Tarkovsky ordering lunch
for all the hungry tummies in The Zone


when the worst
thing you did today
was cream cheese


for the person you were promised
a few layers down


woman on my right
burns 650 calories;
man on my left
bright blue liquid
burns 70


being old means hating yourself for the right reason


Louise saving a seat at the center of the cage


meat ecology


spectators on the other side of the border
watch the bombings
from beach chairs




woman asks “chaise longue or chaise lounge?”
—linguistic Waterloo


in the pig fight,
the pig
always has
the home field advantage


trailer for a new restoration


pink light


you will hear music until your call is answered


{ X }

WILLIAM LESSARD has writing that has appeared or is forthcoming in McSweeney’s, American Poetry Review, Best American Experimental Writing, HobartBrooklyn RailHyperallergic. His visual work has been featured at MoMA PS1.

“Monologue in a Room with the Portraits of My Dead Brother” – Poetry by Nome, Emeka Patrick

The Raven – Odilon Redon, 1882

“Monologue in a Room with the Portraits of My Dead Brother” is Nome, Emeka Patrick‘s haunting & elegiac poem from our Winter 2019 issue.

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YOU WERE MY BROTHER UNTIL your eyes wore a dragon’s breath until your hands grew into an orchard of blood until your mouth unwound into a coffin. May the blood that hums in our veins like a river knifing past a dark forest bear me witness. I love you brother with all the birds psalming in my bones. I love you o brother. In this sanctuary that’s my mouth, brother there’s a prayer burning wild –a lamp in the wrinkled hands of a monk searching God in a dark room. You were my brother until the ten o’ clock news says a young man walks into a market with explosives strapped to his body like a life jacket. On the TV your face appears like a surprise & so it is. A scar glitters like a promise on your neck & so it is. How you got the scar: we were god’s descendants in a garden one afternoon when you said let’s play a game –a game of stones. Everything always started with you even the morning fajr. You hurled your stone but I ducked. Mine stabbed your neck into spittle of warm blood. We both knelt like two unfurling hibiscuses. We both cried like a night wind behind a chariot until the ambulance came. & today the scar glitters on every neighbour’s screen. That’s your lips o brother where prayers & ablutions grew wings & flew into the heavenly nest of a whistling God beyond. O brother the dancing firefly in a dark museum. O brother the lonely lamb where the forest is wildest. Until your eyes wore the skin of night & your hands grew into a garden of cold fallen leaves, you were the vision I never had. You were all the places I always dreamt of. You were the only prayer I learnt to keep in my heart before opening it into Allah’s eyes. O you were my only dear brother. How do I pray for your soul when every song that leads me to you is a dirge stuck on a raven’s beak?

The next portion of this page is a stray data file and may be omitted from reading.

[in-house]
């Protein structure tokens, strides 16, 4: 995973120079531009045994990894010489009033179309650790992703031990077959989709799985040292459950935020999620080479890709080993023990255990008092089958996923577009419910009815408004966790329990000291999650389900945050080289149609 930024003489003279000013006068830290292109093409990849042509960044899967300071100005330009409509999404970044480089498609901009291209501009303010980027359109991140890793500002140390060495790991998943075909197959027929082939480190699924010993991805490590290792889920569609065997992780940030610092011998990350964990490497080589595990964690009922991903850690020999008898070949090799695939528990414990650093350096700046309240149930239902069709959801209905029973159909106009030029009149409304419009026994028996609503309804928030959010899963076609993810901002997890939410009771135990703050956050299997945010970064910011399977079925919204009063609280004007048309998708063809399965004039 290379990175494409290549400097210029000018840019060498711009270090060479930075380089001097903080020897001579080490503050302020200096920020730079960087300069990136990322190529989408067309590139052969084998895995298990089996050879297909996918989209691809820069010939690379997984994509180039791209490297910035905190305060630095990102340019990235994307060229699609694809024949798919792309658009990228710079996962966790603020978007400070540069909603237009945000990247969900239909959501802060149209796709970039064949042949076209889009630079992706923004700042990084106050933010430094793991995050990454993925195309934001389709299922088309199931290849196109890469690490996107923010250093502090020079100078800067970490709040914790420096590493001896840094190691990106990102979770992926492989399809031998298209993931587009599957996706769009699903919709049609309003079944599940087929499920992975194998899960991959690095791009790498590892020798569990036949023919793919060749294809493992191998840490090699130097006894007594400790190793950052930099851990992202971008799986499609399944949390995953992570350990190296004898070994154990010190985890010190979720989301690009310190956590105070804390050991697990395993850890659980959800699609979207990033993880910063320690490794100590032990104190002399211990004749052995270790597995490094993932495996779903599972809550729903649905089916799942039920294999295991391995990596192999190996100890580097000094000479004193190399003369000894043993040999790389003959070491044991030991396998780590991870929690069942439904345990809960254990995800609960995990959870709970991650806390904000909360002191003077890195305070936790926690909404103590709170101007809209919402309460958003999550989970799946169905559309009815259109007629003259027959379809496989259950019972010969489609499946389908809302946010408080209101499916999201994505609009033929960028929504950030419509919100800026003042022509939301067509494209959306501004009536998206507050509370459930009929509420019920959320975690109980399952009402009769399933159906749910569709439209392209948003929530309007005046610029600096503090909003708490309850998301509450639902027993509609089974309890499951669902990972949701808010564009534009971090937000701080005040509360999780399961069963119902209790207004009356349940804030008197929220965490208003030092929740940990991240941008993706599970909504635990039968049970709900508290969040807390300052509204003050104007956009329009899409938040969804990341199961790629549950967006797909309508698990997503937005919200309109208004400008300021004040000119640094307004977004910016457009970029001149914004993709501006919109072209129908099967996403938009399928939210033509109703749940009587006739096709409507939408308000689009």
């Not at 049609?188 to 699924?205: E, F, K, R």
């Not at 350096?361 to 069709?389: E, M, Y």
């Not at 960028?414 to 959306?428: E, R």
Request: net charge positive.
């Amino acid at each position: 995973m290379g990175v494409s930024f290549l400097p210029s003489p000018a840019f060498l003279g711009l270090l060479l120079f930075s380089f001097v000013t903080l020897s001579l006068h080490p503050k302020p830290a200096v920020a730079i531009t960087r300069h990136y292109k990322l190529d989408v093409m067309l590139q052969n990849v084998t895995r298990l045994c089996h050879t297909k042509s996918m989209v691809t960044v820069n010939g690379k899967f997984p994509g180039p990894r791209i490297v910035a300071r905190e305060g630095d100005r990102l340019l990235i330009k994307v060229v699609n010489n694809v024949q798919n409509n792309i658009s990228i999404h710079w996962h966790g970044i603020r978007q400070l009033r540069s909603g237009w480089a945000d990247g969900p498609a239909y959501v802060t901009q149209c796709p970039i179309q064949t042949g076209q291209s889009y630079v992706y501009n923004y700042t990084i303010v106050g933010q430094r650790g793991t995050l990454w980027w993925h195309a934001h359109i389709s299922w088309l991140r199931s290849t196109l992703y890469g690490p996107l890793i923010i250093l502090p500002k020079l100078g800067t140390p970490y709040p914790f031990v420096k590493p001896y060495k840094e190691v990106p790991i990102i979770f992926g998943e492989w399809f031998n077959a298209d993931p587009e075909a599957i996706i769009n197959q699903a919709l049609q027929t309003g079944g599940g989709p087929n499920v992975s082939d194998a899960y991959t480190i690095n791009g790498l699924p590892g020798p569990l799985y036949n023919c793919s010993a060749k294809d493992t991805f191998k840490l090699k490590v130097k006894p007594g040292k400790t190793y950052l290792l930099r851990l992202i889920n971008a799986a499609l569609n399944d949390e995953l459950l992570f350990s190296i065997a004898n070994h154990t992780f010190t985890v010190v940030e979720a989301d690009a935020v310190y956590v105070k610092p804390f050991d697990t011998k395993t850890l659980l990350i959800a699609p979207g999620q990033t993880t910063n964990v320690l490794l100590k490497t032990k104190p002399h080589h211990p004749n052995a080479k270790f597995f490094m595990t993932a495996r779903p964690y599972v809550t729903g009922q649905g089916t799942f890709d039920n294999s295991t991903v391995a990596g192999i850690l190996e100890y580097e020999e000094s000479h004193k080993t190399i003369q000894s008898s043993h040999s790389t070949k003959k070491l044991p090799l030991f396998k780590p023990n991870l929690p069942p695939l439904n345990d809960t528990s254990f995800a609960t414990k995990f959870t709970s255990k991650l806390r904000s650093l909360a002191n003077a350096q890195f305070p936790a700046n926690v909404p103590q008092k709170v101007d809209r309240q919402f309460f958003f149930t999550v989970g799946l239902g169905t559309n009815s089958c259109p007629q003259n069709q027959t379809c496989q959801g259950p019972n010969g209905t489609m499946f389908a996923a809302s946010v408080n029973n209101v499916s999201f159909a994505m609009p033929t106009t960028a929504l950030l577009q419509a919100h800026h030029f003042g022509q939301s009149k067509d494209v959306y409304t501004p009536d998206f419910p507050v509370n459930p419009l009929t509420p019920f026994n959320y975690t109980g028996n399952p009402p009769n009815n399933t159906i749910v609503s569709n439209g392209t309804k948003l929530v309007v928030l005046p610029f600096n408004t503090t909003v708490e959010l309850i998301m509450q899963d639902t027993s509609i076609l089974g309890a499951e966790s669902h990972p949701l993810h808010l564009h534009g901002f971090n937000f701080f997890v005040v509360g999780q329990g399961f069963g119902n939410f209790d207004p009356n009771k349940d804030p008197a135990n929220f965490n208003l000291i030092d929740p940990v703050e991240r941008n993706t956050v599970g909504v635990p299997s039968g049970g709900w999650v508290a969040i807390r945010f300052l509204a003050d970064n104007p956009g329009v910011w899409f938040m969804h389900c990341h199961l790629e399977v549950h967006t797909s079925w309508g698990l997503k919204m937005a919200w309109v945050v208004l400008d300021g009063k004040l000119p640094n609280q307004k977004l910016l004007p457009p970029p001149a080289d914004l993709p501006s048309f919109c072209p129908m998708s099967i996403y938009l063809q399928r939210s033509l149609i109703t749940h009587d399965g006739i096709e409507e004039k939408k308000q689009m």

{ X }

NOME, EMEKA PATRICK is a blxck bxy & student in the University of Benin, Nigeria, where he studies English language and literature. He is a recipient of the Festus Iyayi award for excellence (Poetry) in 2018. His works are published or forthcoming in Beloit Poetry Journal, Gaze Journal, Crannóg magazine, and elsewhere. He lives in a small room close to banana trees and bird songs in Benin. He’s on twitter, say hi @paht_rihk

“Hey Joe” – Poetry by Jeremiah Driver

Jimi Hendrix – Abdul Mati Klarwein, 1970

“Hey Joe” is one of two gritty & gunslingin’ poems by Jeremiah Driver in our Winter 2019 issue.

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to pause. Because questions
can fill the space between two people
and open anybody wider than another’s answers.
Because a truth that can be told
isn’t true. Where you goin’

with that gun in your hand? Because the first note
transforms Jimi from Jimi

who becomes a teller who is asking
Joe, who is not Jimi,
nor the person Jimi is not
the gun.

We listen because someone will die
someone will murder
because he caught her messing round with another man
but the shot is not heard. There are notes,